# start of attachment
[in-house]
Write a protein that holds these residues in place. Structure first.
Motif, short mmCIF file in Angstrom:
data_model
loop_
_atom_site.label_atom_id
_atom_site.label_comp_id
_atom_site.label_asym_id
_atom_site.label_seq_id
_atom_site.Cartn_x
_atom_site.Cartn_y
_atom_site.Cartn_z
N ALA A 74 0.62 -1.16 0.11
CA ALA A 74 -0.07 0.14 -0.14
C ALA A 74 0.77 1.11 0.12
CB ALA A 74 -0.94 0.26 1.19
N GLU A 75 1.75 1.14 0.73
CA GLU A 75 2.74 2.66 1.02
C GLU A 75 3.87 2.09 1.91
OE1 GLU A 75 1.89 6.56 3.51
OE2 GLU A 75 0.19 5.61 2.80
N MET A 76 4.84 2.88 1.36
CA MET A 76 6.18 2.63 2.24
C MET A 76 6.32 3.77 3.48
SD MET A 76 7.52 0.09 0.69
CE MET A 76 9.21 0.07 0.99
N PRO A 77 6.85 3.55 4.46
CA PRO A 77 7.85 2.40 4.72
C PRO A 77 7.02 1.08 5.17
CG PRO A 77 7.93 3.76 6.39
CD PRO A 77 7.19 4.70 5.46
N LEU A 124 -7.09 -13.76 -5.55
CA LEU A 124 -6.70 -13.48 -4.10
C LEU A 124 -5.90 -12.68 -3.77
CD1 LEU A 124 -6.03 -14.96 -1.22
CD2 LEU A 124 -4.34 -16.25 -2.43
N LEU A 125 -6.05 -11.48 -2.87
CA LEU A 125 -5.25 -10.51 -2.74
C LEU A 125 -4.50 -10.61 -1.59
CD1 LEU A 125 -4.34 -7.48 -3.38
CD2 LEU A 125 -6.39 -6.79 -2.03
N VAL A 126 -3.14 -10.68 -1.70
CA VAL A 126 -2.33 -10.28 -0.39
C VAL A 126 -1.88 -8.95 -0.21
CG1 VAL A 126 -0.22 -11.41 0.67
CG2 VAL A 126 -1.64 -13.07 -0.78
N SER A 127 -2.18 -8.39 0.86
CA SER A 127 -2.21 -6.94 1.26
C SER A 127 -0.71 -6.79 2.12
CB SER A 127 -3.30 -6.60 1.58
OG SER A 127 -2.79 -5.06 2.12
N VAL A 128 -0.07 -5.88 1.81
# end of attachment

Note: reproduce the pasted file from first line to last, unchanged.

[in-house]
Write a protein that holds these residues in place. Structure first.
Motif, short mmCIF file in Angstrom:
data_model
loop_
_atom_site.label_atom_id
_atom_site.label_comp_id
_atom_site.label_asym_id
_atom_site.label_seq_id
_atom_site.Cartn_x
_atom_site.Cartn_y
_atom_site.Cartn_z
N ALA A 74 0.62 -1.16 0.11
CA ALA A 74 -0.07 0.14 -0.14
C ALA A 74 0.77 1.11 0.12
CB ALA A 74 -0.94 0.26 1.19
N GLU A 75 1.75 1.14 0.73
CA GLU A 75 2.74 2.66 1.02
C GLU A 75 3.87 2.09 1.91
OE1 GLU A 75 1.89 6.56 3.51
OE2 GLU A 75 0.19 5.61 2.80
N MET A 76 4.84 2.88 1.36
CA MET A 76 6.18 2.63 2.24
C MET A 76 6.32 3.77 3.48
SD MET A 76 7.52 0.09 0.69
CE MET A 76 9.21 0.07 0.99
N PRO A 77 6.85 3.55 4.46
CA PRO A 77 7.85 2.40 4.72
C PRO A 77 7.02 1.08 5.17
CG PRO A 77 7.93 3.76 6.39
CD PRO A 77 7.19 4.70 5.46
N LEU A 124 -7.09 -13.76 -5.55
CA LEU A 124 -6.70 -13.48 -4.10
C LEU A 124 -5.90 -12.68 -3.77
CD1 LEU A 124 -6.03 -14.96 -1.22
CD2 LEU A 124 -4.34 -16.25 -2.43
N LEU A 125 -6.05 -11.48 -2.87
CA LEU A 125 -5.25 -10.51 -2.74
C LEU A 125 -4.50 -10.61 -1.59
CD1 LEU A 125 -4.34 -7.48 -3.38
CD2 LEU A 125 -6.39 -6.79 -2.03
N VAL A 126 -3.14 -10.68 -1.70
CA VAL A 126 -2.33 -10.28 -0.39
C VAL A 126 -1.88 -8.95 -0.21
CG1 VAL A 126 -0.22 -11.41 0.67
CG2 VAL A 126 -1.64 -13.07 -0.78
N SER A 127 -2.18 -8.39 0.86
CA SER A 127 -2.21 -6.94 1.26
C SER A 127 -0.71 -6.79 2.12
CB SER A 127 -3.30 -6.60 1.58
OG SER A 127 -2.79 -5.06 2.12
N VAL A 128 -0.07 -5.88 1.81